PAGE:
Swedish utility Vattenfall might look to sell parts of its continental business in bundled chunks to regional German utilities as the Swedish state-owned utility is looking for potential partners in its power generation business, analysts agreed. Polish utilities on the other hand would be unlikely buyers of German power plants.
Like many European utilities, Vattenfall is under pressure from falling margins in power generation, which comes after its ambitious expansion drive into foreign markets such as the merger with Dutch utility Nuon in 2009.
Consequently, Vattenfall proposed splitting up its business into Nordic division, and Continental Europe and UK division in July ( see EDEM 23 July 2013 ).
Vattenfall said on Monday it is looking for “partners to share business opportunities” with, rather than partners “to share risk” as the utility’s CEO Oystein Loseth phrased it in summer. “Exactly how this would be done is a matter that has to be decided by the owner,” a utility spokesman added.
Statdwerke, German regional municipal utilities, might be the type of company interested in acquiring parts of Vattenfall’s business, but only on a local level, one analyst at a European investment bank said.
Ties already exist after the municipal utility of the east German city of Leipzig, one of the larger stadtwerke, entered into a cooperation agreement with Vattenfall earlier this year for the supply of district heat from the Swedish utility’s 875MW lignite plant in Lippendorf. “In principle Stadtwerke Leipzig is interested in an expansion of its production capacity,” a company spokeswoman said in an email on Wednesday. But the municipal utility does not have any information currently about if, when or which assets might be sold by Vattenfall, she said.
Selling its continental business in chunks such as a lignite plant and a lignite mine together will increase the chances of finding a buyer, an analyst at a European investment bank said on Monday. “Assets gain value if you bundle them.”
For example, German utility E.ON sold a lignite plant with a mine to a German mining firm MIBRAG in September ( see EDEM 18 September 2013 ). “To divest the entire continental assets will be very difficult [for Vattenfall],” he added.
Gamble on future CO2 price
Lignite plants are among the more profitable operating in subdued wholesale power price environment, because of low generation costs. “In the current environment, lignite plants are very competitive” which would make them an attractive asset to buy, the analyst said. But such an investment would not be without risk as “any potential bidder takes a chance on the evolution of the CO2 price”, he added.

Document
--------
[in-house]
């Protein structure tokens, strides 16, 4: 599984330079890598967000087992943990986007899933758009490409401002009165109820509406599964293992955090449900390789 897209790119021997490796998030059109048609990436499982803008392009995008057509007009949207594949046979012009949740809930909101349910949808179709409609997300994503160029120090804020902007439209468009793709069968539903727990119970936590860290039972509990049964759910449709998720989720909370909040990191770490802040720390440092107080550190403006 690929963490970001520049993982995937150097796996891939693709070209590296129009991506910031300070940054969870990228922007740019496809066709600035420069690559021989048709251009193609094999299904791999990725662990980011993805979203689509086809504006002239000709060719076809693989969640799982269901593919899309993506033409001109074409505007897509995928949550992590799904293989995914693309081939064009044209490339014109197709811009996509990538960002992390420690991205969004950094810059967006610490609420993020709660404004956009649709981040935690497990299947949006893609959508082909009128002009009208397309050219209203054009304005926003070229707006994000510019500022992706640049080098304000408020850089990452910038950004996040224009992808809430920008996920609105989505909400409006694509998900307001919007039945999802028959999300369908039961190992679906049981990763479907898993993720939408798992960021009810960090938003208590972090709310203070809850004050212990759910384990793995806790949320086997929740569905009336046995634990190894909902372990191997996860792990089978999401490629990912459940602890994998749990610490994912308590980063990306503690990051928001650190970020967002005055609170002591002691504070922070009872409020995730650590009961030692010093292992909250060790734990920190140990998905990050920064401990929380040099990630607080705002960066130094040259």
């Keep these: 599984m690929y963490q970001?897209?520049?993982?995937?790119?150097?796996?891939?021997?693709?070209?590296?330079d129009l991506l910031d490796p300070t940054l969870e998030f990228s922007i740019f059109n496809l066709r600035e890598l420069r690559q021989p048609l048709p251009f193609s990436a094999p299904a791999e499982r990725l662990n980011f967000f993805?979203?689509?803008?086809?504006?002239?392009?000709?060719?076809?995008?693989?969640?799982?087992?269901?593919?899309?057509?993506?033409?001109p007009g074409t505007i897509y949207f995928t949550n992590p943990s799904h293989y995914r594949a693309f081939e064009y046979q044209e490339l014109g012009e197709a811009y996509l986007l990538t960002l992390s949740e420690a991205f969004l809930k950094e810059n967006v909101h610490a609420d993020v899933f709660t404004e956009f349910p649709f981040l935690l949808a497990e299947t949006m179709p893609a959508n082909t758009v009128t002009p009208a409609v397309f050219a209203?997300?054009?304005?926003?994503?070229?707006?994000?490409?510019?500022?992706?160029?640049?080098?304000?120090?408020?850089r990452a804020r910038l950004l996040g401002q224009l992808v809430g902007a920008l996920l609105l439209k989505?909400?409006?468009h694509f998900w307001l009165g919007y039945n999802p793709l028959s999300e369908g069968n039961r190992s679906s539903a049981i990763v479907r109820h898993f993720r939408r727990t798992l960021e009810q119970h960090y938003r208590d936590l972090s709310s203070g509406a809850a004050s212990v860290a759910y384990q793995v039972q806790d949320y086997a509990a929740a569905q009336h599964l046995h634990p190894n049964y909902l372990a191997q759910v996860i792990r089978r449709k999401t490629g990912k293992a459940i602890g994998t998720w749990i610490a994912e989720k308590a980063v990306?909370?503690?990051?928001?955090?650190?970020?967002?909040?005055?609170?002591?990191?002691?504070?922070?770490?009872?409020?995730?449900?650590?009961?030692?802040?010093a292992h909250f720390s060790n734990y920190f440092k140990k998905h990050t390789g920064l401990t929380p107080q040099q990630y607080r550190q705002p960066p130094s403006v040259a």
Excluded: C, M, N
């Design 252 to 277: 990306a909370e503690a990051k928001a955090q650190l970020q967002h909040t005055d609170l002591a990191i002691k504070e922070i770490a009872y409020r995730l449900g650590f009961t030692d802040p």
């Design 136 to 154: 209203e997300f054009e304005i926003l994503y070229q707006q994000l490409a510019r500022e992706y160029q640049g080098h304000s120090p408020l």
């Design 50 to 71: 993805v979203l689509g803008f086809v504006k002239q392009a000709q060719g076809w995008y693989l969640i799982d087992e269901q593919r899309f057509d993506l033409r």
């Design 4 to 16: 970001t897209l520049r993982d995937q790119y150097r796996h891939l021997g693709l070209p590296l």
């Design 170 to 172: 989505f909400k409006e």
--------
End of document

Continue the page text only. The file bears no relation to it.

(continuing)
The analyst said he does not expect a pick-up in the price of European emission certificates in next three to five years.
While it is possible the relatively carbon intensive lignite power generation might fall out of favour with future governments ( see EDEM 21 October 2013 ), all but one of Vattenfall’s 13 lignite plants in Germany are combined heat and power plants. The current government and likely new coalition both want to expand this type of facility, because they use energy sources more efficiently than standalone power generation.
In theory the proximity to Poland of Vattenfall’s German lignite plants, which are all located in the east of the country and where it is also mines the fuel, might make a case for a Polish utility to invest in these plants.
In particular, as Poland may face a power generation capacity crunch by 2015 or 2016 as up to 6GW of older plants are being switched off before about 5.5GW of new plants will be built between 2017 and 2019 ( see EDEM 2 August 2013 ).
A second analyst based in Poland said the Polish state, which has control over utility PGE, would be unwilling to invest at arm’s length in German assets. “It will be extremely difficult to persuade the Polish government to spend money abroad when we have such a strong mining industry locally,” he said. Martin Degen